They are galvanized iron pipes, fitted perfectly into the grooves made within the FRP fish tanks and the grow bed above.  We made several strength and performance testing before finalizing. Those are the first 3 prototype systems operational now. 

 

I'm guessing that "fiber-reinforced plastic" might be what we in the US call fiberglass? They're certainly attractive with their bright colors. 

There are three colors we chose that suit our NARDC logo - green, blue, and orange.

 

Thanks for providing an example of a small scale system - I was trying, based on the diagrams at the iAVs site, to visualize what such a system would look like - and the picture you provided really helped me a lot!

I do not think this system is a replica of what is portrayed at iAVS.info site.  Please read more about the below-ground, on ground, above ground system designs provided at the iAVs site.

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oops, I worded that poorly - I recognize your design is not standard iAVs - but I like how compact it is and how it maximizes production space, something I was hoping to see in a small system. This design seems appropriate for urban applications or where a) one doesn't have large tanks or b) the ability/desire to dig large holes.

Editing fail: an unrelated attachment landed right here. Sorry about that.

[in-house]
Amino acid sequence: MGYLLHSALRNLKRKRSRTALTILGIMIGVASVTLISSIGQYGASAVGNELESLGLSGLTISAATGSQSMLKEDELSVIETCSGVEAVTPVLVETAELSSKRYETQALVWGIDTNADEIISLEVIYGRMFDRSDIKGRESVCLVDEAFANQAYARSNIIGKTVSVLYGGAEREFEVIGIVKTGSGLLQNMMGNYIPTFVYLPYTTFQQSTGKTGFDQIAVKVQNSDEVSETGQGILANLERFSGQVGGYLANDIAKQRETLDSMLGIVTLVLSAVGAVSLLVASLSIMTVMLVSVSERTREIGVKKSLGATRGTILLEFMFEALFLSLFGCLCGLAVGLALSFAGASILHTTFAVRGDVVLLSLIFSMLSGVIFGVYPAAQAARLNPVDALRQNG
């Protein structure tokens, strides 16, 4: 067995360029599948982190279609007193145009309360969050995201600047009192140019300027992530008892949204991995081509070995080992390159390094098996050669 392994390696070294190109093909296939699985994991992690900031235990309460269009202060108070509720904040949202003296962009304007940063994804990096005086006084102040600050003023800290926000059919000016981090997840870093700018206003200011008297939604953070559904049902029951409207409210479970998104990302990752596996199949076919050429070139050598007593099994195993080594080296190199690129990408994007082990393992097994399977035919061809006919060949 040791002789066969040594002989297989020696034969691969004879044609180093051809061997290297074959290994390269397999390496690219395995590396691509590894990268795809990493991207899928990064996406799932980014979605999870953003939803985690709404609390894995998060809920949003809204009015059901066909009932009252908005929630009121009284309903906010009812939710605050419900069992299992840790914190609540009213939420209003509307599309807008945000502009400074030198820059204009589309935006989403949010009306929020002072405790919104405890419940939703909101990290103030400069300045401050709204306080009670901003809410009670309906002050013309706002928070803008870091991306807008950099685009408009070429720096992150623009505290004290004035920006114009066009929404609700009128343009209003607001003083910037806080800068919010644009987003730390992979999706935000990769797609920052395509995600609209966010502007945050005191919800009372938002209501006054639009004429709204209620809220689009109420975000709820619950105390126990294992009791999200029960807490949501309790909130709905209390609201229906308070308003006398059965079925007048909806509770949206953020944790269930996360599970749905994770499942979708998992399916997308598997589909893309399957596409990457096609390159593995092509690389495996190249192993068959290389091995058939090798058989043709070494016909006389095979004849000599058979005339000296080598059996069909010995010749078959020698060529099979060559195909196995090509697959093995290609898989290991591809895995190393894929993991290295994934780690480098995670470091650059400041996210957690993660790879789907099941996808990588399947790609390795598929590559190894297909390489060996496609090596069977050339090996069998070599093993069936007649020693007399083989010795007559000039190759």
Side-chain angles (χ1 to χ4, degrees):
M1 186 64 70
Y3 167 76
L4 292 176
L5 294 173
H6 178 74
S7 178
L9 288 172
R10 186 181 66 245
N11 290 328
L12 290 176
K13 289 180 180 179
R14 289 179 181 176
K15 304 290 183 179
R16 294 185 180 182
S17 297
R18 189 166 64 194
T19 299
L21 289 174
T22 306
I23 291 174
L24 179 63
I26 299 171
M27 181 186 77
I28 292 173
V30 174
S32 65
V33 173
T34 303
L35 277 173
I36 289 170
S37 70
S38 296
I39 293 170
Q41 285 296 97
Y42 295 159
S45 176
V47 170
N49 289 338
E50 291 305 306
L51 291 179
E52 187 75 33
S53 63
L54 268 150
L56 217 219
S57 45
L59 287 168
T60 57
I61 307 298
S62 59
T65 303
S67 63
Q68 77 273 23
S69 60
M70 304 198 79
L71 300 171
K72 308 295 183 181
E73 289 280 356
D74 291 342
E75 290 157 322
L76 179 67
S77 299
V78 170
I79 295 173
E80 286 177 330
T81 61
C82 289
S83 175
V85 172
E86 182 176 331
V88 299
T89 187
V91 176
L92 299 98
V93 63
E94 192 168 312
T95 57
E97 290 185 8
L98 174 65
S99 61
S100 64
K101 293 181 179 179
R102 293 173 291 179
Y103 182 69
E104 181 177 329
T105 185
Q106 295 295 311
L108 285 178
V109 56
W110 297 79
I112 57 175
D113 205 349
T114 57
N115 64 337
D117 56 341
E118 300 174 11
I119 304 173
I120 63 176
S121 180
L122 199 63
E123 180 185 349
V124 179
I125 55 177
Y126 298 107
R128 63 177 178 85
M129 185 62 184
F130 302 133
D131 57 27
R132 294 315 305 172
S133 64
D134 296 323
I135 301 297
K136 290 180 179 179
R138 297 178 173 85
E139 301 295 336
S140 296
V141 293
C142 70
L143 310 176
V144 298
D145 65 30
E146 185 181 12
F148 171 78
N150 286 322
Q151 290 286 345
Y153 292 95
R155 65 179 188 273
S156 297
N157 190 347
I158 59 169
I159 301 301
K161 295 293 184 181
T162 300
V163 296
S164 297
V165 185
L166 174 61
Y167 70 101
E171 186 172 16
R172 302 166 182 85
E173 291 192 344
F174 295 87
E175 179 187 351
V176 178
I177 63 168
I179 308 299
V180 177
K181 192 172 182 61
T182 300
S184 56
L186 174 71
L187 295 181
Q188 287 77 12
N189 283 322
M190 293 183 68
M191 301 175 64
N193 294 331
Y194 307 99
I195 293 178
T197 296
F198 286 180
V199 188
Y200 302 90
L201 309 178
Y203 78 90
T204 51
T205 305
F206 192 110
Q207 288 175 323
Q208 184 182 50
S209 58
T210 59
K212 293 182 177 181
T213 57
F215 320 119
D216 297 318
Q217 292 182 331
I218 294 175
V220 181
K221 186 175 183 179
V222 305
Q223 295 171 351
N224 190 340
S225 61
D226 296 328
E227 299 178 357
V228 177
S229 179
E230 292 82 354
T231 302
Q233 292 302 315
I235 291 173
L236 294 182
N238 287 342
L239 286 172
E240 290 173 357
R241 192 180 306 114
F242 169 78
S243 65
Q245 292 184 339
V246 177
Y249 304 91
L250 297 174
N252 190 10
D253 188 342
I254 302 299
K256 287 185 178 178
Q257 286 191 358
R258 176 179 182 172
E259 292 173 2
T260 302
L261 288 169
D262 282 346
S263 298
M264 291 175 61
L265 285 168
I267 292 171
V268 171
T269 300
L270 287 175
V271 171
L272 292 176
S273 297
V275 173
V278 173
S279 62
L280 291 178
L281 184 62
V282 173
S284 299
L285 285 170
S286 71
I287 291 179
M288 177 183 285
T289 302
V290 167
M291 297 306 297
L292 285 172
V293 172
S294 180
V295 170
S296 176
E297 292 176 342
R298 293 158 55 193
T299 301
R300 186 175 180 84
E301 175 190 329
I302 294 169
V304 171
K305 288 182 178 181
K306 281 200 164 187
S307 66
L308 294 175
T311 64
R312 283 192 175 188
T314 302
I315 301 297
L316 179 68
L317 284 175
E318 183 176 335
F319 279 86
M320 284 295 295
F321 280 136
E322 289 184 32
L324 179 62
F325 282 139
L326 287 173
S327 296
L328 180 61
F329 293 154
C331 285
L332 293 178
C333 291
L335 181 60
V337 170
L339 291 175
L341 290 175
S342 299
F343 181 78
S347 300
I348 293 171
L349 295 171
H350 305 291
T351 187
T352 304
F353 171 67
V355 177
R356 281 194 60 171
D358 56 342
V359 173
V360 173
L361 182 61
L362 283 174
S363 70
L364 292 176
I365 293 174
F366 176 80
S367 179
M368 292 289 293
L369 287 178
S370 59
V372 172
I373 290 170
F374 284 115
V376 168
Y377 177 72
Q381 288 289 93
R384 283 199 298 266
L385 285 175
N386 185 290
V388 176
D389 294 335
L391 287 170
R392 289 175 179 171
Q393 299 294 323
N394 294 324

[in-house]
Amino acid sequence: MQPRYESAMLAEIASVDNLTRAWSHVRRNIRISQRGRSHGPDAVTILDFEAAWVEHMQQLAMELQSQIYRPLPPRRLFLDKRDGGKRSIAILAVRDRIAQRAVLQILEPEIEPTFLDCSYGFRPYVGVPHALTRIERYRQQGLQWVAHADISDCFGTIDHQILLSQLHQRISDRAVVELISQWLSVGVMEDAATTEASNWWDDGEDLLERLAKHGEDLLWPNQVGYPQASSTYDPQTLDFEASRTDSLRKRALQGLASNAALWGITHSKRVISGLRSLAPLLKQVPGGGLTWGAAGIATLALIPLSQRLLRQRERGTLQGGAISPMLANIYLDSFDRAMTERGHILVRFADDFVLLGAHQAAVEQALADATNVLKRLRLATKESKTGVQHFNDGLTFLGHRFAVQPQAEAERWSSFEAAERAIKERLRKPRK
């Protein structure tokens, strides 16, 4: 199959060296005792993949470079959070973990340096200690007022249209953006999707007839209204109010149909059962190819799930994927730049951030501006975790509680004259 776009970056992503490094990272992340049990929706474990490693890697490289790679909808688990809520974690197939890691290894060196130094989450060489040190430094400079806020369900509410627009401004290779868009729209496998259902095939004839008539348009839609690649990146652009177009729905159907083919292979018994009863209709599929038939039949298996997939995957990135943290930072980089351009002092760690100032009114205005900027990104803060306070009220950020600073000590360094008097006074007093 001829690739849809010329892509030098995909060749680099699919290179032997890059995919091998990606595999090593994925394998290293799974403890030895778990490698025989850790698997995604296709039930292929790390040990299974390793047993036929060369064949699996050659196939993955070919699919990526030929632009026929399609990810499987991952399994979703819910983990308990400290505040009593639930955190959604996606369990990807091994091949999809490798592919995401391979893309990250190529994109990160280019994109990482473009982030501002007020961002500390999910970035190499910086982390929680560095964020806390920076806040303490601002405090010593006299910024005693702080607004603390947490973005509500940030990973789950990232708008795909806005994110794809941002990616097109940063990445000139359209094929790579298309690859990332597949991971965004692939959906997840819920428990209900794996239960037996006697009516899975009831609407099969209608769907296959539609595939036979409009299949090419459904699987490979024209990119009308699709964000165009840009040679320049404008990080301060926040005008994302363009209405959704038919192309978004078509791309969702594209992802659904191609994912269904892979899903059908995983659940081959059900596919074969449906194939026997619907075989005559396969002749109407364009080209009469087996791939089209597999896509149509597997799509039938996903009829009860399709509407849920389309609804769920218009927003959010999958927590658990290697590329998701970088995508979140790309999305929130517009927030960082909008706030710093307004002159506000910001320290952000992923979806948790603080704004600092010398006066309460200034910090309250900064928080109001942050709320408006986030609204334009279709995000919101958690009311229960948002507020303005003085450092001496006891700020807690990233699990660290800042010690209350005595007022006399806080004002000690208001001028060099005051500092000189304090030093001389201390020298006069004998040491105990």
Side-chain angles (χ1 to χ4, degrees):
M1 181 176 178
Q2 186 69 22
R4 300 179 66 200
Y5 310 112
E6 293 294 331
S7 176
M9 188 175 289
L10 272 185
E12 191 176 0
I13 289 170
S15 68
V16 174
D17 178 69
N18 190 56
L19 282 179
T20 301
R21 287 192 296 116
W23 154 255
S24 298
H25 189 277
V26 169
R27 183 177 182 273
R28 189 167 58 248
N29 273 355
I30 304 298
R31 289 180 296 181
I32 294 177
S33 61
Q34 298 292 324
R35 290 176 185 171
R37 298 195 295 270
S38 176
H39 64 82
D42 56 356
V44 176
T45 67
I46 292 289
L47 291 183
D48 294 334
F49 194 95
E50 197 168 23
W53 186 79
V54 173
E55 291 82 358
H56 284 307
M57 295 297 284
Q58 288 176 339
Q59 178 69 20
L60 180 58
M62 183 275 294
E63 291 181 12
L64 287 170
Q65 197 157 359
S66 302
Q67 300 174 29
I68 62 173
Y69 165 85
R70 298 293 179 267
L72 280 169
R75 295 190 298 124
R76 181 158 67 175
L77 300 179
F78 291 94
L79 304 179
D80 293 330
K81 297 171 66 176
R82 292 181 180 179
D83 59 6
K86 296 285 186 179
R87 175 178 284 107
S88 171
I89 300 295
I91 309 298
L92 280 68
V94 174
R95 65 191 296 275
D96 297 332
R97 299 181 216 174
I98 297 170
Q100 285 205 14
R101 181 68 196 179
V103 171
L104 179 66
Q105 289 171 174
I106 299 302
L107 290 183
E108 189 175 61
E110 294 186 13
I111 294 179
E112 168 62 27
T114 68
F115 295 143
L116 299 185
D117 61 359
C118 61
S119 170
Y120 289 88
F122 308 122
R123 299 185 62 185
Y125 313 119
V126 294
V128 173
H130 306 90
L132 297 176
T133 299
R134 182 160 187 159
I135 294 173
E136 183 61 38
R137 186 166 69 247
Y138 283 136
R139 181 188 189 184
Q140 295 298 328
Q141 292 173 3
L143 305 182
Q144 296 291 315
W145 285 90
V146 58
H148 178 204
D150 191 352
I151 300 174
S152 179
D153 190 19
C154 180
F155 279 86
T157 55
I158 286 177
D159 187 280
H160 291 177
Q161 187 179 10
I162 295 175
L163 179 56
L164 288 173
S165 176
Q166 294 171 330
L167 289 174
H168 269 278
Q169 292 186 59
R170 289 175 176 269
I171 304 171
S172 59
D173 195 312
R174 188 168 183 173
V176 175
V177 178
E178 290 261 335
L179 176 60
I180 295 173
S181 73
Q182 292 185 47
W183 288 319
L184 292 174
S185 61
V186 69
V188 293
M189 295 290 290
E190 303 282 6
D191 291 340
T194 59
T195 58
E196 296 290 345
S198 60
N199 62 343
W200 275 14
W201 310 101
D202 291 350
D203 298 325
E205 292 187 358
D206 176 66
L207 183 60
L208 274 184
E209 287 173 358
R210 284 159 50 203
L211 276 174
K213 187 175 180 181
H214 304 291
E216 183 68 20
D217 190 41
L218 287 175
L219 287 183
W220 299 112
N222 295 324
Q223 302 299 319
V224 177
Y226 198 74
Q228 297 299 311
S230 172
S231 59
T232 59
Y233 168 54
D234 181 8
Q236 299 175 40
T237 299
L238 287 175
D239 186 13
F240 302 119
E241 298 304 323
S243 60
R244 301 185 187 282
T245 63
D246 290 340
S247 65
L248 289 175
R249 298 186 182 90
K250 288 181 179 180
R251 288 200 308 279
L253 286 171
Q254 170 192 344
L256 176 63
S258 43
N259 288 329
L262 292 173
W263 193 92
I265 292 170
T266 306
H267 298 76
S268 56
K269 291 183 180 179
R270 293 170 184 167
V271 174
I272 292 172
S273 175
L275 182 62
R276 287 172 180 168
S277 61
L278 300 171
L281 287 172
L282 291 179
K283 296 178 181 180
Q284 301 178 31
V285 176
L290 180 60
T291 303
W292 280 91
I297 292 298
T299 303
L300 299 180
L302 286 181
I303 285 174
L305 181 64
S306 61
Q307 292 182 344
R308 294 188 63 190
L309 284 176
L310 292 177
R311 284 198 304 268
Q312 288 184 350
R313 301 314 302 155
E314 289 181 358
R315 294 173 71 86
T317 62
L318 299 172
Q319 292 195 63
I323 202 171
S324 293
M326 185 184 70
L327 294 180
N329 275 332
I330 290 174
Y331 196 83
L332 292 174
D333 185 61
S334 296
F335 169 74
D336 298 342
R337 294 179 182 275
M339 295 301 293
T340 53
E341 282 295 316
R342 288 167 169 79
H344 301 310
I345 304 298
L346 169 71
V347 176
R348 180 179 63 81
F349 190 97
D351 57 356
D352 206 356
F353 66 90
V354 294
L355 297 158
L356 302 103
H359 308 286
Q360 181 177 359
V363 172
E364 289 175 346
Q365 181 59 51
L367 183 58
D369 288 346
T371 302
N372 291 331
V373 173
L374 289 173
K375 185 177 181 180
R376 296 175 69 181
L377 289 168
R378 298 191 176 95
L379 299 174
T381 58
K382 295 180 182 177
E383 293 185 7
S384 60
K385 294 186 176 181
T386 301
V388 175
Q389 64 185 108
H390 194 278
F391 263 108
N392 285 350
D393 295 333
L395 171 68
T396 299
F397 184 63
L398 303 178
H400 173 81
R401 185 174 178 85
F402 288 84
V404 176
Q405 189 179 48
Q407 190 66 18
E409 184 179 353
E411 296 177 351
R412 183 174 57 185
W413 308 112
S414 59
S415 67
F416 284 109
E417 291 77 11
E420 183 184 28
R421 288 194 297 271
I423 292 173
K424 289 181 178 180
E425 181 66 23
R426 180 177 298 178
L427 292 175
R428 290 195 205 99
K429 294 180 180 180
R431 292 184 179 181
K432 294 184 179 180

As you continue along the "product development and improvement mode"  I'll be following your progress.

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May 2016 bring you and family happiness, peace and prosperity.

 

Also to all Aquaponics enthusiasts New Year Wishes for Health and Aquaponics farming!

 

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As I write this on the first day of 2016, it is the time to reflect on the year and consider what strategic Aquaponics issues on which NARDC would like to concentrate in 2016.

 

Here are NARDC's THREE WISHES for Aquaponics in India in 2016!